When breeding for animal welfare, geneticists need to ask, what are the risks of going in a certain direction? How fast should they go? How do the selected traits balance with economic traits? How will phenotypes be measured? How will breeding goals be defined? Hendrix’s “social breeding program” has brought continued progress to their lines. The goal is to identify friendly families with good production and monitor their reaction to the stresses of production such as higher light intensity. To select and mate those families will result in hens with improved feather cover and less mortalities.

In layers, the selection pressure has been increased for these social traits and others.  Feather cover tells you something about feather pecking, van de Braak explained. It is also an indicator of stress since birds tend to jump on top of each other if they are stressed or scared, causing a lot of feather damage. Mortality due to cannibalism is higher now with birds being kept with intact beaks compared to flocks that previously underwent beak treatment. Other breeding goals now include selection for E. coli resistance, reduced keel bone damage and improved gut health.



Future plans

As Hendrix-Genetics looks to the future, the challenge remains, how to feed the world while maintaining respect for the animals? Van de Braak says they are shifting towards group housing systems at their research and development facilities, which means finding new ways of collecting data on individual birds.

The company is also maintaining a large gene pool to ensure genetic diversity. At times it goes back to developing traditional poultry that includes coloured turkeys and more efficient dual-purpose chickens like the ISA Dual, which provides a two kg male at 10 weeks of age and 250 eggs at 70 weeks, mostly for niche markets and developing countries.

There can be a downside to big gains too, van de Braak said. “It wasn’t always hallelujah.” Broiler birds grow too fast and have become more sensitive to Marek’s disease, while the progress that has created efficient superbirds of one sex has resulted in the other sex not being as useful: what is their fate? These are concerns we must address in our breeding programs, van de Braak said.

The players
Consolidation is changing the landscape of the poultry breeding world. There used to be hundreds of breeding companies. Nowadays, Hendrix Genetics is one of only two big players in the world – the other company is the Erich Wesjohann Group.

Hendrix Genetics is one of the world’s largest suppliers of laying hens and turkeys, supplying half of the layer market and 55 to 60 per cent of the world turkey stocks.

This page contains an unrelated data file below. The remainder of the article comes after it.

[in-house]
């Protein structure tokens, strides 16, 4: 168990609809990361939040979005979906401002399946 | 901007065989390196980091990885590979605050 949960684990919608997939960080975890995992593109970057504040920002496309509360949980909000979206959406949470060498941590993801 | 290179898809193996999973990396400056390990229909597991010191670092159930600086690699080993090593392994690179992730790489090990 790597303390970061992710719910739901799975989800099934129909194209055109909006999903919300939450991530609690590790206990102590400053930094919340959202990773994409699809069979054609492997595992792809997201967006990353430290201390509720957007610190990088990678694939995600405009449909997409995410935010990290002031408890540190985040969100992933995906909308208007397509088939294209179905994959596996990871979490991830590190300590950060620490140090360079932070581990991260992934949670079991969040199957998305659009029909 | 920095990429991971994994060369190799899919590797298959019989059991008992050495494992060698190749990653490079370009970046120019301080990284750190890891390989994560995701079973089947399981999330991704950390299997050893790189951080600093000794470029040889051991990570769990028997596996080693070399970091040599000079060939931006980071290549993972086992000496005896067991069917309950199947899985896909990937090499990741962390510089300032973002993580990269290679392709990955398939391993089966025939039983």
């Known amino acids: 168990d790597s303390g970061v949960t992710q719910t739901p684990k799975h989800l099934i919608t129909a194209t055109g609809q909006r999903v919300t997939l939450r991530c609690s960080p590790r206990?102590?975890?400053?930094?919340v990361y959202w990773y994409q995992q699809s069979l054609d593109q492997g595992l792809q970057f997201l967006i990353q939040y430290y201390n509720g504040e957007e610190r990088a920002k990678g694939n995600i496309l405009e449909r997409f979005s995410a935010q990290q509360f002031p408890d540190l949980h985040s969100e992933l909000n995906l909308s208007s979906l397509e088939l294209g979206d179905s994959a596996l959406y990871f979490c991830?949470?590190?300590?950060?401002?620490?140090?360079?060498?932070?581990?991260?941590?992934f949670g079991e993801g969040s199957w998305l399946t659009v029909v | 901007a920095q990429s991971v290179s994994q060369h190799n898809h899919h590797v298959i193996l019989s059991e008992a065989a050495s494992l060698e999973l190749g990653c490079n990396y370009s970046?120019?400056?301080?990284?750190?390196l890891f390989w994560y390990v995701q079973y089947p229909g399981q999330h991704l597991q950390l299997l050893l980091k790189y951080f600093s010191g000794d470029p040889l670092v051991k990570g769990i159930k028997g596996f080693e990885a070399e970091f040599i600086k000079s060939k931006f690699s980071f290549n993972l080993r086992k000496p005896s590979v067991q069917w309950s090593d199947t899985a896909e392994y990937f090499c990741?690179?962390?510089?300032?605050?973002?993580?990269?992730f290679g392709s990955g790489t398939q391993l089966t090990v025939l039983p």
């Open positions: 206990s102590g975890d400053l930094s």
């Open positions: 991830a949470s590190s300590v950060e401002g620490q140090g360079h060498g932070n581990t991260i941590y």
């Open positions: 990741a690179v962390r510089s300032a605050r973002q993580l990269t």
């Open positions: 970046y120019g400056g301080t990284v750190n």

“On the one hand, it might have led to less genetic diversity – with all the consolidation (mergers and acquisitions), some of the experimental pure lines are no longer there,” van de Braak said. “On the other hand, combining the genetic lines of the different breeding programs gave opportunities to produce new hybrids.” Some of the new three or four-way hybrid crosses have provided better field results compared to the old crosses. This has led to improved productivity, egg quality and health and welfare in commercial birds.

He pointed out that some of the pure lines were not lost – a few have been donated as heritage lines to universities and research institutes. At the University of Guelph, for example, Don Shaver’s flocks continue to offer their heritage genes at the Arkell Research Station near Guelph, Ont. Initially, in 2003, the heritage lines were maintained by the research station staff under directives from Don Shaver. Soon after, Grégoy Bédécarrats, a professor at the University of Guelph, began supervising breeding and implementing care guidelines.

“Due to budgetary constraints, we needed to find a solution to spread the workload of breeding beyond farm staff,” the professor explained. With the help of Don Shaver, they formed the student-run University of Guelph Poultry Club, which has provided a tremendous opportunity to expose students to poultry science and reintroduce practical application and hands-on training. Through this initiative, the responsibility of care has been progressively transferred to the club, including duties of collection and analyses of egg production and quality data, selection of hens to be used for breeding, performing artificial insemination and participation in the hatch. The University of Guelph poultry club is now in charge of maintaining these birds as pure lines as close to what they were when donated.

To further enhance this experiential learning, Bédécarrats teamed up with the Poultry Industry Council (PIC) to develop a certificate on artificial insemination that would be recognized by the industry, giving club members the opportunity to gain practical knowledge relevant to future employment.

However, the farm staff still performs day-to-day maintenance of these birds, requiring labour, barn space and resources in competition with a full slate of other research activities. “The hope and intent of keeping these lines was that they would be used for research and education,” Bédécarrats said. “Although we cover the education part, little research has been done.”

He said that these genetics could serve to recreate a viable commercial population in the case of a catastrophic event such as a large influenza outbreak, and in a sense they represent Canadian poultry genetic heritage. “The genetics in these birds is very valuable, although not at a commercial level. So the issue is, who will pay to keep the lines alive?”